From 1968, several sites of the Uruk period, the 4th millennium BC, were excavated in the Middle Euphrates region during rescue campaigns. The construction of dams would cause their disappearance. These are Djebel Aruda, Habuba Kabira and the Tell Qanas, very close to one another.
These three sites are along the Euphrates. They are said to be Urukean colonies: the hypothesis of an expansion of this culture from the South is that which is commonly retained, probably because it was first identified on the site of Uruk, in the south of Mesopotamia. But it is easier to descend a river than to ascend it.
At Habuba Kabira there was an urbanism consisting of about twenty residences of various sizes and a central monumental complex formed by two temples. It was German missions led by Ernest Heinrich and then Eva Strommenger who carried out the excavations there from 1975 to 1979. They discovered levels of the Bronze Age, stamps and objects dating back to the 4th Millennium BC. Habuba Kabira was a fortified port on the right bank of the Euphrates River. The city covered about 22 hectares protected by a wall, about 10% of the surface of which was cleared. The study of the construction of this site highlighted the fact that it was a planned urbanization, requiring significant means. The residences, organized around a reception room with a fireplace opening onto an inner courtyard, featureed ancillary rooms.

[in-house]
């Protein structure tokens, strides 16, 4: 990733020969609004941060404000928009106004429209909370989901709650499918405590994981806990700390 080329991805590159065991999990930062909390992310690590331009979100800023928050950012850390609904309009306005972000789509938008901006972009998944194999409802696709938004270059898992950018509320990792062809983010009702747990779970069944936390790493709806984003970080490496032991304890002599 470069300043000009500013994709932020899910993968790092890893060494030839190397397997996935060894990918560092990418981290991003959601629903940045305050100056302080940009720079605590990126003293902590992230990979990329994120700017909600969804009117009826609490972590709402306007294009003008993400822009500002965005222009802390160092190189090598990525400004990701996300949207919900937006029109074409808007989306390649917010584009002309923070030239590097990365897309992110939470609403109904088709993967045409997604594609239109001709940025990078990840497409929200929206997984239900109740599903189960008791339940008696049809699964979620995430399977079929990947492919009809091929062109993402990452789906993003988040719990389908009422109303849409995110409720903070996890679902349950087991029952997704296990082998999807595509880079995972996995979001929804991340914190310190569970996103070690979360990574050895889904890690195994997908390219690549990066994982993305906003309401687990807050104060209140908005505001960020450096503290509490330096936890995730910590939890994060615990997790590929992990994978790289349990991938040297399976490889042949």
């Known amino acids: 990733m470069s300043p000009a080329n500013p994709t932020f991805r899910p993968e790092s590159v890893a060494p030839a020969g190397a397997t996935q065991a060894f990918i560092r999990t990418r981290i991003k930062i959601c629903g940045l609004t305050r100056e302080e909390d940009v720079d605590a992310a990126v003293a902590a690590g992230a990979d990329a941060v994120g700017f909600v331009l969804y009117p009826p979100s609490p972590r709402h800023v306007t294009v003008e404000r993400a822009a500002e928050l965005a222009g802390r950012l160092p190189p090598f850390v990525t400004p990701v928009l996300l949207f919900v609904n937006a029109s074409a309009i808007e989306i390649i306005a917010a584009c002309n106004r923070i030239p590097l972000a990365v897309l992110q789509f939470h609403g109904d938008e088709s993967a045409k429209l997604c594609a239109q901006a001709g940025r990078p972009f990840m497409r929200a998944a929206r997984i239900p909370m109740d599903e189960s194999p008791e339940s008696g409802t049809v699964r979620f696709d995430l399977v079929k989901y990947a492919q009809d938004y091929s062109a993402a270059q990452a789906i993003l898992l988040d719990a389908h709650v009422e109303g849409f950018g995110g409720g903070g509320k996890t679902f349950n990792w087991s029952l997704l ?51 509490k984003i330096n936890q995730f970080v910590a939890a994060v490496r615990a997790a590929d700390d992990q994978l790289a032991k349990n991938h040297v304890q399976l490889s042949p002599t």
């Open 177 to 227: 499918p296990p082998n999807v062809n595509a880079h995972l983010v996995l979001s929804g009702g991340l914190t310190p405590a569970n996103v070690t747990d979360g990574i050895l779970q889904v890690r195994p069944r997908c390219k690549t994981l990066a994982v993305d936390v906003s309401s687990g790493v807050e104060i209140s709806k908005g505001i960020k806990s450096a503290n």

The archaeological material found is identical to that of Uruk, be it ceramics, cylinder seals, accounting bubbles, as well as end-of-period numerical tablets.
The Tell Qanas groups together, on an artificial terrace, a monumental complex made up of several buildings identified, without certainty, as "temples". The site was abandoned at the end of the 4th millennium, apparently without violence, deserted by its inhabitants during the phase of withdrawal of Uruk culture.
As for the site of Djebel Aruda, a Dutch team led by G. Van Driel conducted six excavation campaigns there from 1972 to 1982.
Two buildings and 13 archaic tablets were found there. The latter look more like counters than a handwriting.
These sites are contemporaneous with the period of the Akkad Empire and do not appear, unlike many others, to have suffered damage. Moreover, "Habiba Kabira" means, in Arabic, the "Great Belove". And is attested that Tuttul, not far, was visited by Sargon. This probably means that these sites were part of the Empire. But the writings do not allow one to say that it was the capital.
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My notes of veracity :
Habuba Kabira, tell Qanas and Djebel Aruda: one of the sites was Akkad: 2/5